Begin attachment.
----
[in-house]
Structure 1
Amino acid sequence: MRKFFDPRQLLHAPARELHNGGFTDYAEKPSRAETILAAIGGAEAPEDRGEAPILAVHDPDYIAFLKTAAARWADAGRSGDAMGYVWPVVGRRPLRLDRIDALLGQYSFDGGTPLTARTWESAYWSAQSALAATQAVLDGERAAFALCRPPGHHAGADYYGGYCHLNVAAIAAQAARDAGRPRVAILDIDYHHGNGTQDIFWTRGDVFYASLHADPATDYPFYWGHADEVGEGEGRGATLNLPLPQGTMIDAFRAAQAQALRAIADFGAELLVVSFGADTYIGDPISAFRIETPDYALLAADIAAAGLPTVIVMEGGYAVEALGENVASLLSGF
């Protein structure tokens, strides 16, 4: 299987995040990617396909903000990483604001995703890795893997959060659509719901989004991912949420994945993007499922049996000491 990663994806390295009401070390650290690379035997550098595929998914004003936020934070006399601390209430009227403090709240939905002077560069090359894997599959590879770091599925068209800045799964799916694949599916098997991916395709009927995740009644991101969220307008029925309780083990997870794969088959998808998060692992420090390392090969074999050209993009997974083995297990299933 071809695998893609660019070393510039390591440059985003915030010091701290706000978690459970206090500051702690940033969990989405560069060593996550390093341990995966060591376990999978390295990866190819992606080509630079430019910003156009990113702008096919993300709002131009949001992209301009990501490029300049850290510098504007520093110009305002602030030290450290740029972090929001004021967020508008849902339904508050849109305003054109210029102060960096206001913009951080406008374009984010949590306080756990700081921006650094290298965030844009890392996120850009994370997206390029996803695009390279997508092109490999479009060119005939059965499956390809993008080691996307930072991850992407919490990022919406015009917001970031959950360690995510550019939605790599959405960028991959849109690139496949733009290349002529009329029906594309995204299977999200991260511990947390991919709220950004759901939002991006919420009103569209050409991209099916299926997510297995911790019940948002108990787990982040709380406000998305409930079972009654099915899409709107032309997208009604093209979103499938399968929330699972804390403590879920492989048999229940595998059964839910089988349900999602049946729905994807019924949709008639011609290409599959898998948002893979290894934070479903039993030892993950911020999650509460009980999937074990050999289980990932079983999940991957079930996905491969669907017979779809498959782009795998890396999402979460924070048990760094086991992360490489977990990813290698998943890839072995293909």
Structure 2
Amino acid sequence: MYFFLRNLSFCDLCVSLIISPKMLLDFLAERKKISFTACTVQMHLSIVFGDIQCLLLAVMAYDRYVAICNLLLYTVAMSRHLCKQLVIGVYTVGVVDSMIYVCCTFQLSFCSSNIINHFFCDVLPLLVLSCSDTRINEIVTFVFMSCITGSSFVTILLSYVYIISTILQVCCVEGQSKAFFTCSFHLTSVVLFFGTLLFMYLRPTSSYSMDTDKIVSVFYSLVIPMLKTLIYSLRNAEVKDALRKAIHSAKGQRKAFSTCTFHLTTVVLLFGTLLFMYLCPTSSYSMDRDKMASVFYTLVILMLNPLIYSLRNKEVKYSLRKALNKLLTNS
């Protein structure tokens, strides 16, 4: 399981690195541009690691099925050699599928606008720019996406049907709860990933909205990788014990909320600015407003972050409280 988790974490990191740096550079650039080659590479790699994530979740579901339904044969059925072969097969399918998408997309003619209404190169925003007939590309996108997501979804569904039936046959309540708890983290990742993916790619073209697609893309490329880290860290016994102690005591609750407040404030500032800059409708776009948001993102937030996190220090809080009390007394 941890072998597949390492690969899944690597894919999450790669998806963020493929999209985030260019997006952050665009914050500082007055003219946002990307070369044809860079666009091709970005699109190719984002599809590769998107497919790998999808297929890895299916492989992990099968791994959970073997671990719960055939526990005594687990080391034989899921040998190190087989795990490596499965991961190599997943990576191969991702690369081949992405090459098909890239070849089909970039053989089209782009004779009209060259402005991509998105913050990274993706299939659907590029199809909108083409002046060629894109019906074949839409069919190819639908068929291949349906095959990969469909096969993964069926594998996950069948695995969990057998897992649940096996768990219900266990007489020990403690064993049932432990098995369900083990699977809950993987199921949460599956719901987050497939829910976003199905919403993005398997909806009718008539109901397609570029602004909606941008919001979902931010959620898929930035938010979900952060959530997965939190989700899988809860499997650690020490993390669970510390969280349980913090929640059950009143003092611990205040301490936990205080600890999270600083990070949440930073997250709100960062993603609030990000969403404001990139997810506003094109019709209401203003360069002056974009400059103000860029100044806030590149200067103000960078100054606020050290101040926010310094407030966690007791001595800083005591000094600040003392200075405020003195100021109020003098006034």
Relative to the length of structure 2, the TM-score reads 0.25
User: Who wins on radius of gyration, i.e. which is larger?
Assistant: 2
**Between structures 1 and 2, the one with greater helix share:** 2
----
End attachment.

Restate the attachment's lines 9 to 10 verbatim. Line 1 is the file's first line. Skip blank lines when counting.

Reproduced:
User: Who wins on radius of gyration, i.e. which is larger?
Assistant: 2